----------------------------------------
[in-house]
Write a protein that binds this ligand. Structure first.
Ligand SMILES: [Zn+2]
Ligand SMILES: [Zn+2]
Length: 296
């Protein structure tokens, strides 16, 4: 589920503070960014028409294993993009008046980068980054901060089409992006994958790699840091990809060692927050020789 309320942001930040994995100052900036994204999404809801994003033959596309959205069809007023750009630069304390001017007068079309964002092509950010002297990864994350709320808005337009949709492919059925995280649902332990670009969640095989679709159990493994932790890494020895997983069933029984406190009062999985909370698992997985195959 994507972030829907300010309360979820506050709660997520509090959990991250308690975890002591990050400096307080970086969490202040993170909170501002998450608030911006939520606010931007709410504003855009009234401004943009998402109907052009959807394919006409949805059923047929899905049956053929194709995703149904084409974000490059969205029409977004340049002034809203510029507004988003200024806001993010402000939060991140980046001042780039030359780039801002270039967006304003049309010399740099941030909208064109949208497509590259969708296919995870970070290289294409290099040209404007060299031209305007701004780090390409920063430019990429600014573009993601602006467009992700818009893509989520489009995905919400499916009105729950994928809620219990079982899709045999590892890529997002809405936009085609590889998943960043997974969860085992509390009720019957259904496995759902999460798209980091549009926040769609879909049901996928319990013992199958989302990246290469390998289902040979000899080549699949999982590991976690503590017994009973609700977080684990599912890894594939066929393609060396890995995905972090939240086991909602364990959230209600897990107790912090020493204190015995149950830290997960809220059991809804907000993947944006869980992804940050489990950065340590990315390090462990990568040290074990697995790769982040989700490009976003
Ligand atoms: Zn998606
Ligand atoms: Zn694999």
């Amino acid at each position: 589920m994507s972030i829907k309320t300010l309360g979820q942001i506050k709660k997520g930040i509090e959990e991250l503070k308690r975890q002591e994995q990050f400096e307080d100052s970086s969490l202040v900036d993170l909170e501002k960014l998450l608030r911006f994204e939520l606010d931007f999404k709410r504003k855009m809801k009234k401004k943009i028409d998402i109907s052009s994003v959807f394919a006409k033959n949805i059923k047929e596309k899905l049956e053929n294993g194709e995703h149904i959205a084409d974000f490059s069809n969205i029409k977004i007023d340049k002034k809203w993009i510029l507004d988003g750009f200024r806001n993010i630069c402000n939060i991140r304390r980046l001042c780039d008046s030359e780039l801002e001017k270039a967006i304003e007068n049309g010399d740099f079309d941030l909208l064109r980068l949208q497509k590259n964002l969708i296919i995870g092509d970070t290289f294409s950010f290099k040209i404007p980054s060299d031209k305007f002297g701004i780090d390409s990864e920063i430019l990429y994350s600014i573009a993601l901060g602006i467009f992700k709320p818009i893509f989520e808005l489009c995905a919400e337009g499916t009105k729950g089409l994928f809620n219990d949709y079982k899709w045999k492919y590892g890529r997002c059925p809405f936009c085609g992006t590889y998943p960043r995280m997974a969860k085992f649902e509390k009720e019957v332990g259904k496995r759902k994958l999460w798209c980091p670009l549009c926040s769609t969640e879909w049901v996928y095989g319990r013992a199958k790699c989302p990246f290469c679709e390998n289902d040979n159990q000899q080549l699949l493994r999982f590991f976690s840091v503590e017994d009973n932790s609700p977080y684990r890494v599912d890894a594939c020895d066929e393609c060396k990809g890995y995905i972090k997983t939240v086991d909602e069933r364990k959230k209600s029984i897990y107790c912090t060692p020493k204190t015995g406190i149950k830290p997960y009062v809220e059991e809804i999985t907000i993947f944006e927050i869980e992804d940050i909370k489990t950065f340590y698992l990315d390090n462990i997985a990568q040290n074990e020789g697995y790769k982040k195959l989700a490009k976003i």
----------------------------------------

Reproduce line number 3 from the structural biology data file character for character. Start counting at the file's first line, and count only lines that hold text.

Ligand SMILES: [Zn+2]